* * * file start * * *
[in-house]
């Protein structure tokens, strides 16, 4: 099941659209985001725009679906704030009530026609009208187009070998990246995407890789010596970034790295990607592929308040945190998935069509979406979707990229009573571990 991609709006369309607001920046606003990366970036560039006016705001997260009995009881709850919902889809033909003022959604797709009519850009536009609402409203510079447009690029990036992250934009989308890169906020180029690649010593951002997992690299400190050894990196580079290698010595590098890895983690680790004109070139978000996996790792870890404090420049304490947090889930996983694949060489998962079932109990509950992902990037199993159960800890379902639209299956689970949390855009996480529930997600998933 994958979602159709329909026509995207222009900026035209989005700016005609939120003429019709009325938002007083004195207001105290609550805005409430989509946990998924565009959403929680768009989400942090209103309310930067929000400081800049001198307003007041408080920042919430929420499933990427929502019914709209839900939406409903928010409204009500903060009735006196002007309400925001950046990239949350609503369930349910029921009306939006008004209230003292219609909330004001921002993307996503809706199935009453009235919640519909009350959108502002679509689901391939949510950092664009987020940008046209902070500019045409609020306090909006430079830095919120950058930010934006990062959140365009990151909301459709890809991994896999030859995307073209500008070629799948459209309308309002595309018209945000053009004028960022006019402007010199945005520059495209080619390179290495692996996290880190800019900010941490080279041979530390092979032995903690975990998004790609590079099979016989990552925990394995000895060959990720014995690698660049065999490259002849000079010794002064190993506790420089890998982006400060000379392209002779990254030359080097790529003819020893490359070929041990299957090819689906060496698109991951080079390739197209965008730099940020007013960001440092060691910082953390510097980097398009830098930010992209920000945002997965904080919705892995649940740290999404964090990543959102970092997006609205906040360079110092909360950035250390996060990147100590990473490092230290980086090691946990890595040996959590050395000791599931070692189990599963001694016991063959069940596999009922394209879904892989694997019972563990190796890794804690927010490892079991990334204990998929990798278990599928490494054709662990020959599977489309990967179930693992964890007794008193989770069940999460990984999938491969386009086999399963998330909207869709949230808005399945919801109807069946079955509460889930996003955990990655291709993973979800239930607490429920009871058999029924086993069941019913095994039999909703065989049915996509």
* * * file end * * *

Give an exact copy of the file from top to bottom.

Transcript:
[in-house]
């Protein structure tokens, strides 16, 4: 099941659209985001725009679906704030009530026609009208187009070998990246995407890789010596970034790295990607592929308040945190998935069509979406979707990229009573571990 991609709006369309607001920046606003990366970036560039006016705001997260009995009881709850919902889809033909003022959604797709009519850009536009609402409203510079447009690029990036992250934009989308890169906020180029690649010593951002997992690299400190050894990196580079290698010595590098890895983690680790004109070139978000996996790792870890404090420049304490947090889930996983694949060489998962079932109990509950992902990037199993159960800890379902639209299956689970949390855009996480529930997600998933 994958979602159709329909026509995207222009900026035209989005700016005609939120003429019709009325938002007083004195207001105290609550805005409430989509946990998924565009959403929680768009989400942090209103309310930067929000400081800049001198307003007041408080920042919430929420499933990427929502019914709209839900939406409903928010409204009500903060009735006196002007309400925001950046990239949350609503369930349910029921009306939006008004209230003292219609909330004001921002993307996503809706199935009453009235919640519909009350959108502002679509689901391939949510950092664009987020940008046209902070500019045409609020306090909006430079830095919120950058930010934006990062959140365009990151909301459709890809991994896999030859995307073209500008070629799948459209309308309002595309018209945000053009004028960022006019402007010199945005520059495209080619390179290495692996996290880190800019900010941490080279041979530390092979032995903690975990998004790609590079099979016989990552925990394995000895060959990720014995690698660049065999490259002849000079010794002064190993506790420089890998982006400060000379392209002779990254030359080097790529003819020893490359070929041990299957090819689906060496698109991951080079390739197209965008730099940020007013960001440092060691910082953390510097980097398009830098930010992209920000945002997965904080919705892995649940740290999404964090990543959102970092997006609205906040360079110092909360950035250390996060990147100590990473490092230290980086090691946990890595040996959590050395000791599931070692189990599963001694016991063959069940596999009922394209879904892989694997019972563990190796890794804690927010490892079991990334204990998929990798278990599928490494054709662990020959599977489309990967179930693992964890007794008193989770069940999460990984999938491969386009086999399963998330909207869709949230808005399945919801109807069946079955509460889930996003955990990655291709993973979800239930607490429920009871058999029924086993069941019913095994039999909703065989049915996509």